Two Yanks Downunder

A blog about the experiences of two Americans on their first visit to the fabulous continent of Australia

Sunday, August 13, 2006

A Bunburying we will go

Our visit to Bunbury:

Well, Don here again, all we did in Bunbury was purchase petrol, but more about that in a bit.

Wendy loves that there is a town called Bunbury since it recalls to her an element of the comic Oscar Wilde play The Importance of Being Earnest. In this work, Algernon escapes the pressures of his family in town by pretending to visit his invalid friend Bunbury out in the country. This "Bunburying" of Algernon eventually leads to all sort of comic misunderstandings that disrupt the lives and plans of his loved ones for a time.

Back to our pending trip.

After illness interferred with our plans to travel south last weekend, we arranged to borrow a UNDA car for the next weekend, however, we would not be able to pick up those wheels until late Friday afternoon, and so we actually decided to rent a car from the local Bayswater Rental Agency and get an early start on Friday morning.

We had been advised to do a long loop in a counterclockwise fashion. This would involve a 5 to 6 hour drive on a supposedly not too interesting stretch of road to a coastal town with the familiar name of Albany. From there, it was recommended to travel along the South Coast and then turn north up through the extensive forests of Jarrah trees, the tall Karri trees and the large in girth and also tall Tingle trees. These are found nowhere else on earth and are confined to this relatively small part of the continent that is both hilly and receives ample rainfall. From the forests, we would meet the coast at Bunbury and return to Freo.

Given the weather predictions of intermittent rainfall, however, we reversed our course and decided to see the forests first, while the chances for rain were less than on the next couple of days.

Now to a topic of crucial importance for our survival on this mini vacation.

For some reason, we too were required to obey Australian laws and drive on the left hand side of the road. To supposedly facilitate this, the cars are designed with the steering wheel on the right. The key was to remember that the driver should be towards the center of the road and all would be well, at least in theory. Something else about this that was not readily apparent was that all of the controls are on the opposite sides as well. For instance, whenever we wanted to use our turn signal, we automatically flipped the stick on the left, which promptly sent the windshield wipers across the windshield and did nothing to indicate to our fellow drivers sharing the road what our changing lanes intentions might or might not be! Thank goodness we had a Toyota Corolla sedan that was an automatic, for as much as we enjoy manual transmission vehicles, one can only wonder how our coordination would fare performing that function left handed.

So, Friday morning we walk over to the rental agency, pick up the car and go back home to load everything up, however, we have to go into our alley and manouver the vehicle into our very small courtyard space while dealing with two kinds of supposedly automatic gates that have to be triggered open. It turns out to be a very tight squeeze, (....and Wendy refused to even try to do the backing in and parking. Don is a better man than I am, Gunga Din....) but the Toyota just fits into our courtyard and allows the gate to close. We scurry to load up everything for our journey and make a last minute tidying of a few rooms. Finally, we are off, but not so fast.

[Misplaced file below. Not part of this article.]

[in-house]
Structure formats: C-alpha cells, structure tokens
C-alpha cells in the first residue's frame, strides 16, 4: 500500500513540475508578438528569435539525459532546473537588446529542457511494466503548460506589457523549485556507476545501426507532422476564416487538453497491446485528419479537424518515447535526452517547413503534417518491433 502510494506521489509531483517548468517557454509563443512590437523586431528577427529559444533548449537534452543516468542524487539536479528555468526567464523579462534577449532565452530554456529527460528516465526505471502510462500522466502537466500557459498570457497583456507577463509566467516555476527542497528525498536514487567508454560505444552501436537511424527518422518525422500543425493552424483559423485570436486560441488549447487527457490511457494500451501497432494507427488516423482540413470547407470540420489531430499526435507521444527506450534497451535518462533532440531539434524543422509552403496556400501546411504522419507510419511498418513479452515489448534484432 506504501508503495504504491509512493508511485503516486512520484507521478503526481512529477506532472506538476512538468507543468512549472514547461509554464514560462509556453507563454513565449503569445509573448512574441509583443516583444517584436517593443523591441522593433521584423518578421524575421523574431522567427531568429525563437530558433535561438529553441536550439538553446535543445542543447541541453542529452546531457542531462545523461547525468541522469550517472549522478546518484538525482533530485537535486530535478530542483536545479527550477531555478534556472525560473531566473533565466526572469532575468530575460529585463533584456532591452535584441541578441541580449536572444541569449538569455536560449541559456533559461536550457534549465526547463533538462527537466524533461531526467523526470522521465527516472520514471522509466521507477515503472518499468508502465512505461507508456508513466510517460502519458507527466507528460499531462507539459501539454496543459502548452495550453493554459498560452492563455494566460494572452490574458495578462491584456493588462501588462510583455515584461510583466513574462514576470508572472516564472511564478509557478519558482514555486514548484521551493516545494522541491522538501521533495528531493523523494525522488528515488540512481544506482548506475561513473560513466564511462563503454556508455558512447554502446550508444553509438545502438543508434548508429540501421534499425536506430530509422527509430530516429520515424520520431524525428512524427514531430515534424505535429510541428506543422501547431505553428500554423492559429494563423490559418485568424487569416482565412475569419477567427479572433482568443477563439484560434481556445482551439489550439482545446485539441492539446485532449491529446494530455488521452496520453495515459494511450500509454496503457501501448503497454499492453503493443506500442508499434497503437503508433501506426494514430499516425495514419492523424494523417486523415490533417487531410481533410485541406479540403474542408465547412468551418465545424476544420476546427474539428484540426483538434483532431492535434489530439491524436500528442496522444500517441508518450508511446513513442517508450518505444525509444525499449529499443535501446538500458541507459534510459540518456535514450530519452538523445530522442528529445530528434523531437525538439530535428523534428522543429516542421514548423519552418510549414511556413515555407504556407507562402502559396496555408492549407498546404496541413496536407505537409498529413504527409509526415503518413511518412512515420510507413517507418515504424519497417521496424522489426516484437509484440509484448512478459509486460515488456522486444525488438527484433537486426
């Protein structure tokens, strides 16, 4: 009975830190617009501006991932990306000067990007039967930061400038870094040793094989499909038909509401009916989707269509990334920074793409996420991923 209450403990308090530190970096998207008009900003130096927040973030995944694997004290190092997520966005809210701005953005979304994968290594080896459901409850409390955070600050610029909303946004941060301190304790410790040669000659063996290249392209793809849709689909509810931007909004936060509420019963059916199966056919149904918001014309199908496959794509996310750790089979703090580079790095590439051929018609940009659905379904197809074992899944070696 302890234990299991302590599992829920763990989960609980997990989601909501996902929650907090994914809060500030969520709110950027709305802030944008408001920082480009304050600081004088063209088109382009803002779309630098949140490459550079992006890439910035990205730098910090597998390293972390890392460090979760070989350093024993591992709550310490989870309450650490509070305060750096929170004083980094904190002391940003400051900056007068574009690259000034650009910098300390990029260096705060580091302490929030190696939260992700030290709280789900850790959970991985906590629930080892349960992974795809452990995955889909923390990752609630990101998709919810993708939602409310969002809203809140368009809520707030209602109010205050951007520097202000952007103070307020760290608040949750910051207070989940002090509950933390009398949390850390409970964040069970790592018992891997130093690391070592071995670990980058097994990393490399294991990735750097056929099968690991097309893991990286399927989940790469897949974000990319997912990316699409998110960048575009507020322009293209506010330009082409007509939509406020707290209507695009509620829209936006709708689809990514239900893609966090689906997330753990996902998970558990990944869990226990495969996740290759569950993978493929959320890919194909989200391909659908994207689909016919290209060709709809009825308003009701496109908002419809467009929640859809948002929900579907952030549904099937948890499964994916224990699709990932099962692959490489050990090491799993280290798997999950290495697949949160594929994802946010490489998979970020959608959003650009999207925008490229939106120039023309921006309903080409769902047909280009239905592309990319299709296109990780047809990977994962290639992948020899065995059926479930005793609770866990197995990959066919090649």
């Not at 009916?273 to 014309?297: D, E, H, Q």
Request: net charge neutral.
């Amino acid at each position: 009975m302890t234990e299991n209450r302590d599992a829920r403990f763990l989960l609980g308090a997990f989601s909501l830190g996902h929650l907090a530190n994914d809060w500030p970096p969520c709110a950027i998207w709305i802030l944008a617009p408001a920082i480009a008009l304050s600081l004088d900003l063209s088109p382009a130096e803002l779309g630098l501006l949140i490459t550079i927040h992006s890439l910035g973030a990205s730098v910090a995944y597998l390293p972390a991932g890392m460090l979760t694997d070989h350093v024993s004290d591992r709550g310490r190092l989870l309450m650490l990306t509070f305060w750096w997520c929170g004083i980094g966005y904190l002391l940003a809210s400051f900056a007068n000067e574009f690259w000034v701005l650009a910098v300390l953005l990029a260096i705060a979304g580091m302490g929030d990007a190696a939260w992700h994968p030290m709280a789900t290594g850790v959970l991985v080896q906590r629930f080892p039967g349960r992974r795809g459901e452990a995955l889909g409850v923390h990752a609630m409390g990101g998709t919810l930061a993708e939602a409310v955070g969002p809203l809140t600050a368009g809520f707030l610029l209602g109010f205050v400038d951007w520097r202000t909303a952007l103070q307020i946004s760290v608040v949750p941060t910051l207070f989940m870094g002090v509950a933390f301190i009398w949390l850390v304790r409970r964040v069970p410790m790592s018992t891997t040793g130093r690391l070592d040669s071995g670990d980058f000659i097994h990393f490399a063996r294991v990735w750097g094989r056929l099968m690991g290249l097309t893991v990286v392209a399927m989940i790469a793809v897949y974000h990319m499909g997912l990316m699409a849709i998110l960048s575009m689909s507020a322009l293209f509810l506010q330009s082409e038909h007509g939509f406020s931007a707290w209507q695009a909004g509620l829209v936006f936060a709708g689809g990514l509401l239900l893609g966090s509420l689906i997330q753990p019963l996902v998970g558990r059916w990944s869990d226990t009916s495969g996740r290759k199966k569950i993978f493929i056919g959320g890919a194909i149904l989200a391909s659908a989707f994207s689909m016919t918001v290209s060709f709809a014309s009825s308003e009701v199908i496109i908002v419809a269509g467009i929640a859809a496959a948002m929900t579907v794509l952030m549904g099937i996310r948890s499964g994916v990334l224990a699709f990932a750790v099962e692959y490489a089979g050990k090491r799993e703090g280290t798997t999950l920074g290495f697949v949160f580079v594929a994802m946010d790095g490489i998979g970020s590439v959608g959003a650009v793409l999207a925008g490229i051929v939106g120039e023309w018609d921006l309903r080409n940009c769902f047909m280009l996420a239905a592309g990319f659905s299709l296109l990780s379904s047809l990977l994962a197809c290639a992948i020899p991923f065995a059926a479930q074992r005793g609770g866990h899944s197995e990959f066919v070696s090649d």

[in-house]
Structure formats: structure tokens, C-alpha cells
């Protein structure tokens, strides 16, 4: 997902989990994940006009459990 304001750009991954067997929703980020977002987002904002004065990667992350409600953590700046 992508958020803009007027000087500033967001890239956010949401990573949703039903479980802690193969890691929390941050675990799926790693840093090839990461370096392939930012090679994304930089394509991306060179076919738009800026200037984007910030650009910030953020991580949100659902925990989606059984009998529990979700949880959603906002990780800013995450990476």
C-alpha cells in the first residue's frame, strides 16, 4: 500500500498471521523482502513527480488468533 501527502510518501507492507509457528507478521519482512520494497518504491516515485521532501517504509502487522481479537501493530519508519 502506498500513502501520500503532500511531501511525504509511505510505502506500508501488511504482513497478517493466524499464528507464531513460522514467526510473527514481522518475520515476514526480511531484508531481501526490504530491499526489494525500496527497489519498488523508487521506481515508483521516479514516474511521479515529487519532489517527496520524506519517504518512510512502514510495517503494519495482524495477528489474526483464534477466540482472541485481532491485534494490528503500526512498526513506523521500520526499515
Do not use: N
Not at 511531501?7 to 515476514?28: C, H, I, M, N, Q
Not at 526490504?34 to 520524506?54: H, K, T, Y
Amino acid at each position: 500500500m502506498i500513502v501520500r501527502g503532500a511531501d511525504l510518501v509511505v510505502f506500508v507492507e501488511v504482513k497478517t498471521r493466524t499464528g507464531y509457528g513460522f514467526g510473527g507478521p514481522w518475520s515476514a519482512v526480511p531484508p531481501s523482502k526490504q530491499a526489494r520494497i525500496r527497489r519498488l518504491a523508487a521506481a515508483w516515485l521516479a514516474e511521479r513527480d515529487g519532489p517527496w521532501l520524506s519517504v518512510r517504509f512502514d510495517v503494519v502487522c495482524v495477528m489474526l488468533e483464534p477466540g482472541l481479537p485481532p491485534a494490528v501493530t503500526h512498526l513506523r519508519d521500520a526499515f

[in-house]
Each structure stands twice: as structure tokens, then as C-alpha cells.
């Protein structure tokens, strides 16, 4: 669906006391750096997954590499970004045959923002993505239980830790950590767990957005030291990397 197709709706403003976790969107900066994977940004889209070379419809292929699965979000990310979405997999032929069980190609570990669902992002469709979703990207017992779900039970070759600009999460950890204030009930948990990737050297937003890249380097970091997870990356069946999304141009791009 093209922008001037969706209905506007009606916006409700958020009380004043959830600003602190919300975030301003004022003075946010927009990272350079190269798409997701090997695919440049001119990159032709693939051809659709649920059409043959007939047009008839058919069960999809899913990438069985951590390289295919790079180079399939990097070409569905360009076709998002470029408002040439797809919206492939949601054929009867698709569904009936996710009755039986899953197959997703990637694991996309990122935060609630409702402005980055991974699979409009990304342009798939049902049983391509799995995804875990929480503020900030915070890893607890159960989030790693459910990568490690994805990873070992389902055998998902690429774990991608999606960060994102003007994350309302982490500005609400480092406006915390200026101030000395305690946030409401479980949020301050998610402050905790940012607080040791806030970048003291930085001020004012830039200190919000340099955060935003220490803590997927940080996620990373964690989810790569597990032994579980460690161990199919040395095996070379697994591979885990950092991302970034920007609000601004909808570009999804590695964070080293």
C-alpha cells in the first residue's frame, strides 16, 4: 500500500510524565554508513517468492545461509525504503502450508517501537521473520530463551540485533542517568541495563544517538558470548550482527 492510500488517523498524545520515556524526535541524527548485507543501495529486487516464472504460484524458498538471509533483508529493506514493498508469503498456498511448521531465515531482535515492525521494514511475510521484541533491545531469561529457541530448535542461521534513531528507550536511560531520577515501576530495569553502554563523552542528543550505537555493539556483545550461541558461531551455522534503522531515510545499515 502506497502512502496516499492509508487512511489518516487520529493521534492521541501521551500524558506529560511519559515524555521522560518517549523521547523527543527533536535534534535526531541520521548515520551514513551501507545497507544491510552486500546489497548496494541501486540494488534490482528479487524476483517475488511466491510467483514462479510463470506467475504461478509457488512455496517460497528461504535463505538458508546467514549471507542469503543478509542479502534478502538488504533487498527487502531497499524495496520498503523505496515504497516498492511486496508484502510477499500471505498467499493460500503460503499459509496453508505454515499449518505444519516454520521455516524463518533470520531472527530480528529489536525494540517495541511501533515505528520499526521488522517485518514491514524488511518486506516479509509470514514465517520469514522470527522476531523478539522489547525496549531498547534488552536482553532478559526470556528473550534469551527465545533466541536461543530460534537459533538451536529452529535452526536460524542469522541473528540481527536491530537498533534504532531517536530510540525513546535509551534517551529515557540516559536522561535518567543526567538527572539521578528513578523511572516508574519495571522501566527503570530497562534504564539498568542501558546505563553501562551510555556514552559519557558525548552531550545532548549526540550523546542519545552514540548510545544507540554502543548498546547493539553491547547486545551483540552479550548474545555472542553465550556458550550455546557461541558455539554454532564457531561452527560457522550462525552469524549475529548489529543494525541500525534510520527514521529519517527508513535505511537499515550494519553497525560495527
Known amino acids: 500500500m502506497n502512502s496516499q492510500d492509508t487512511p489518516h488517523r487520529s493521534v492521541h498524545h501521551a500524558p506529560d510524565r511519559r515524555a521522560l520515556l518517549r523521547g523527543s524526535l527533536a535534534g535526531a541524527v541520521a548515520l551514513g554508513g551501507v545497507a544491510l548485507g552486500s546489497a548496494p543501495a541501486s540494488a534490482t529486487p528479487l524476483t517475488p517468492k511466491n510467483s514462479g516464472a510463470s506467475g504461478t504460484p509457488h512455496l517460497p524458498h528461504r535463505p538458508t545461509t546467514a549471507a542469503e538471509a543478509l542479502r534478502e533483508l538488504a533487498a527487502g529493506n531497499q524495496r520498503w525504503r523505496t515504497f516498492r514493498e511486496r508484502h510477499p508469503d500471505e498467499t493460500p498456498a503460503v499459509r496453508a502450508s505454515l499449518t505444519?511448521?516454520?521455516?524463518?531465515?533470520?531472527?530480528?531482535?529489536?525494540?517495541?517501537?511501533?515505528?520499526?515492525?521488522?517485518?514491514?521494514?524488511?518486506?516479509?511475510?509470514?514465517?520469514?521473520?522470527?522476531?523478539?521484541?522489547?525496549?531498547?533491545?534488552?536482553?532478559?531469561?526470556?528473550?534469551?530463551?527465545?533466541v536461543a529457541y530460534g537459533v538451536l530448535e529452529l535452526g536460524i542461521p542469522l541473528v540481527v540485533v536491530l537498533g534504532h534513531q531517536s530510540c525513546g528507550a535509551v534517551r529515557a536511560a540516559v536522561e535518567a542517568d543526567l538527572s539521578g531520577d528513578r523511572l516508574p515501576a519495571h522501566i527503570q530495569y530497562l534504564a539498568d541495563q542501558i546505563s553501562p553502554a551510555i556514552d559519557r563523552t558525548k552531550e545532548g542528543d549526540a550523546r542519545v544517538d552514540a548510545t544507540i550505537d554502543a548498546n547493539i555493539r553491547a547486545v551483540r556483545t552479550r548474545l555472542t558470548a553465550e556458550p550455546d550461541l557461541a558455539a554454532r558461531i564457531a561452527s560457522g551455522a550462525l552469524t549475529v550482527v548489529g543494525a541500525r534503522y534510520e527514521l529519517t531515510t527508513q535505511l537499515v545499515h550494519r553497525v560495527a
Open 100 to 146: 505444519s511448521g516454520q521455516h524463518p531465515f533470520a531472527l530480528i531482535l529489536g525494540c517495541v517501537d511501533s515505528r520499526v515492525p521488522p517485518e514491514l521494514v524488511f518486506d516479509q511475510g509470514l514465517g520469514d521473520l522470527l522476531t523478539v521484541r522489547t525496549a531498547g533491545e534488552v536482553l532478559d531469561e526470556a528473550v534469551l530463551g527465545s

The streets in Fremantle are a hodge-podge of one way roads and avenues that turn and weave. Even after studying some local maps, we have to make some interesting adjustments to stay on Highway 14 which leads us to the Old Coast Road. This road turns out to be a divided four lane highway (much bigger and better than we expected) which was not to be forseen from the way the maps are made out, but this is to our benefit. Also, all the signs are in kilometers and the car speedometer as well. (Wendy wonders what he expected!) These are inflated compared to our miles and give one the psychological impression that things are further away and also that one is driving faster than back home. (It certainly gave Wendy that impression!! (grin)).

(Orchards are a very common sight in the South. Vinyards are everywhere! ws) This is true, Wendy is NOT deceiving you trusting readers this time. (But I might later, don't get lulled into a false sense of security! ws)

Lots of traffic accompanies us to Bunbury where we add half a tank of petrol for $42 A (equal to $34 U.S.) so fuel is significantly more expensive, at least in Bunbury!

From Bunbury we plunge off of the main road into the interior leaving the coastal plains behind and blessedly losing most of our fellow highway travelers!

A view of some of the wooded areas we drove through.

Yes, even the beginning of our time driving in the forests seemed quite promising, but even greater surprises waited for us further along into the deep, dark woods along the ever narrowing road with its innumerable curves and hills.


At 8:16 AM, Anonymous min said...

Wasn't Bunbury that sick old guy in "The Importance of Being Ernest"?

At 8:31 AM, Blogger Wendy and/or Don said...

Yes! Good memory!


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